Transitional Care Management (TCM) Services

Don't forget to utilize the current Transitional Care Management codes - CPT Codes 99495 and 99496. You may already be performing these services for your patients.

CMS provided an update in January through its Medicare Learning Network, which gives direction as to the necessary elements for using these codes.

Transitional Care Management codes provide reimbursement to support the extra effort needed to facilitate transition from a hospitalization or nursing facility stay back to the community. These services should be provided by the health care providers responsible for the patient’s ongoing care. The management period begins the day of discharge and continues for the next 29 days.

The requirement to qualify for these services begins with an inpatient hospital stay, in which the patient is discharged back to a community setting. The inpatient hospital settings include inpatient acute care hospital or psychiatric hospital, long-term care hospital, skilled nursing facility, inpatient rehabilitation facility, hospital outpatient observation or partial hospitalization. The community settings include home, domiciliary, rest home or assisted living.

These services can be provided by a physician of any specialty and non-physician practitioners such as certified nurse midwives, clinical nurse specialists, nurse practitioners or physician assistants.

There are 3 components required to be reimbursed for these services:

  1. Interactive contact
    You are required to reach out and make contact with the patient within two business days of discharge, or you can also qualify by making two good faith attempts to contact the patient in a timely manner. The interaction can be with the patient or caregiver via telephone, email or face-to-face communication.  During that contact you should address the patient's status, any needs and arrange for follow up care.
  2. Provide non-face-to-face services during the transitional care management period
    You must provide non-face-to-face services, furnished by the provider or clinical staff that you determine to be medically indicated or needed. These would include things such as reviewing discharge information, communicating with other providers, reestablishing or arranging community services, providing education, offering self-management options and supporting adherence to treatment and medication recommendations.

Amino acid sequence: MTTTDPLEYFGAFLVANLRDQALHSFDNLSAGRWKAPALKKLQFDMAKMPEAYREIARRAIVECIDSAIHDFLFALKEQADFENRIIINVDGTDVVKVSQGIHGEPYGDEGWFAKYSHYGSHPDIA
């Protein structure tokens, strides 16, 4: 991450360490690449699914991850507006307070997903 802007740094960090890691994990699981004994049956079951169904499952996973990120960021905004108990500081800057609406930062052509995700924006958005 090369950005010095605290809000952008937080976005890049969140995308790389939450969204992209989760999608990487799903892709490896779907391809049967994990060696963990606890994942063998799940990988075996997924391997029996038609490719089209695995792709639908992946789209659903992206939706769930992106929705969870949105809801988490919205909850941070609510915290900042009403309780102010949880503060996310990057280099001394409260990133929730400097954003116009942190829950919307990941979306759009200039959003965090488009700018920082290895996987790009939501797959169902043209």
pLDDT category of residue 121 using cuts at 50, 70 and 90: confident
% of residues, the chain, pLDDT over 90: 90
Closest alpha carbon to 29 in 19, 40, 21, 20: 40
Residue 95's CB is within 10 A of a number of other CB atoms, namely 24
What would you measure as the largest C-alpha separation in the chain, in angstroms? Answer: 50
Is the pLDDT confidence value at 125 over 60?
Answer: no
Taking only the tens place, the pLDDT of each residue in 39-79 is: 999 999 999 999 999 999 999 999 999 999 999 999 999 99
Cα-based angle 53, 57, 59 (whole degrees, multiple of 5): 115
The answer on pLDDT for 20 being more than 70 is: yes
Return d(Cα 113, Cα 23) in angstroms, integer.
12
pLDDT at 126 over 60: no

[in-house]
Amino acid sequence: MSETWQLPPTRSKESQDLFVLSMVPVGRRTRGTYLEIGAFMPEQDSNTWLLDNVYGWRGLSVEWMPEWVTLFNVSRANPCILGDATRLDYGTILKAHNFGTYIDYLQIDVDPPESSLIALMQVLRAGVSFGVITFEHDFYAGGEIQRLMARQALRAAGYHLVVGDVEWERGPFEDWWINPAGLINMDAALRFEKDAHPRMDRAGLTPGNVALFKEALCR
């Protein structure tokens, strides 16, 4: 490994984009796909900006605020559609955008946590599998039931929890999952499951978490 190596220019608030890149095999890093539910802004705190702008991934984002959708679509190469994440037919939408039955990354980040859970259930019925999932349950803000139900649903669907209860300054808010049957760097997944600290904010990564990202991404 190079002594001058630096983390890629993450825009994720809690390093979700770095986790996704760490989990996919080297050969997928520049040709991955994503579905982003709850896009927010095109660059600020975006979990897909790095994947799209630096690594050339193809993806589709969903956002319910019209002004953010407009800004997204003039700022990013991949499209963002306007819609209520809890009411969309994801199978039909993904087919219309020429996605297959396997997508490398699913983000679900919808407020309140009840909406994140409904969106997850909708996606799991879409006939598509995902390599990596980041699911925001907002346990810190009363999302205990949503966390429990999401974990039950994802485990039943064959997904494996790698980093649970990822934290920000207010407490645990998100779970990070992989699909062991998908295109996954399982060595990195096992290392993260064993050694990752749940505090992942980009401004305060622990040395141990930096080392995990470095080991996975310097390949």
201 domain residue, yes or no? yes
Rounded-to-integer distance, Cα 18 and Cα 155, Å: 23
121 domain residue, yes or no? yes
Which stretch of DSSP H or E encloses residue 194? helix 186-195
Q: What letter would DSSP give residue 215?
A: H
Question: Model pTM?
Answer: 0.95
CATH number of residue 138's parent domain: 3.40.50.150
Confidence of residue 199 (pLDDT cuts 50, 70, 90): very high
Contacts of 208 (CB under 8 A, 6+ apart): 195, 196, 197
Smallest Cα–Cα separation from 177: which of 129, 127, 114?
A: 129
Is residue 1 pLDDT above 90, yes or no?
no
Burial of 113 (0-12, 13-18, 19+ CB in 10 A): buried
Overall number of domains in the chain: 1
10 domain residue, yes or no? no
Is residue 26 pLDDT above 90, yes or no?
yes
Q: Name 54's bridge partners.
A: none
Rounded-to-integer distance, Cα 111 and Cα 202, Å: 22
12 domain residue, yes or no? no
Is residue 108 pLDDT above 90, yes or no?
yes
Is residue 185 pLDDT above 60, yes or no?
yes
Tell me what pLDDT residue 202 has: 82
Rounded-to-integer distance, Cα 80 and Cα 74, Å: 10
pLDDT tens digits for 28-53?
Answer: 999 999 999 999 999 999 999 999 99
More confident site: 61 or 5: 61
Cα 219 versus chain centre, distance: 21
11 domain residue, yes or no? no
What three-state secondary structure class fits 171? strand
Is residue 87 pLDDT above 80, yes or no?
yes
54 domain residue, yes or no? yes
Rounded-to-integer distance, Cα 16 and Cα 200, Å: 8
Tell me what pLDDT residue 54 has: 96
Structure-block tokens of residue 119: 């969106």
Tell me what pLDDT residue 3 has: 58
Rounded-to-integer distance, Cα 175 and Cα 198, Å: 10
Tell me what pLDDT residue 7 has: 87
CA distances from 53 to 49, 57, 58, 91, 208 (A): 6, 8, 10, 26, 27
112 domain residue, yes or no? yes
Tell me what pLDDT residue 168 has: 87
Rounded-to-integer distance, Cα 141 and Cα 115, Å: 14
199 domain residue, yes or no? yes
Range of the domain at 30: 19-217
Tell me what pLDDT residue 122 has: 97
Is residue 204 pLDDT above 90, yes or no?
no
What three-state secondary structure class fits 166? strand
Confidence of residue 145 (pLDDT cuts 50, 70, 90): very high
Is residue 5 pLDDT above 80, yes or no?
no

3. Face-to-face visit within the proper amount of time from discharge
    You must complete a face-to-face encounter with the patient to evaluate the patient’s status and provide medication reconciliation and management within 14 calendar days from discharge. Eligible telehealth services can substitute for an in-person encounter (See MLN Fact Sheet ICN 901705 January 2019 for details of Medicare Telehealth service requirements for Medicare Fee-For-Service and Policy MP.065.PH – Telemedicine Policy for Premier Employee Health Plan coverage details).   

Finally, getting the proper reimbursement requires that you perform a face-to-face visit and document the complexity of medical decision making.  CPT code 99496 is used when the face-to-face visit is completed within seven calendar days and requires high complexity medical decision making. CPT code 99495 is used when the face-to-face visit occurs after day seven, but within 14 calendar days and requires only moderate complexity medical decision making. 

Once you establish a work flow to capture your patients transitioning to home, from the inpatient care setting you will find a significant opportunity to reduce the patient’s chance of readmission and improve their compliance with their treatment plan.

For more information on the transitional care management services, review the MLN Fact Sheet ICN 908628 January 2019.

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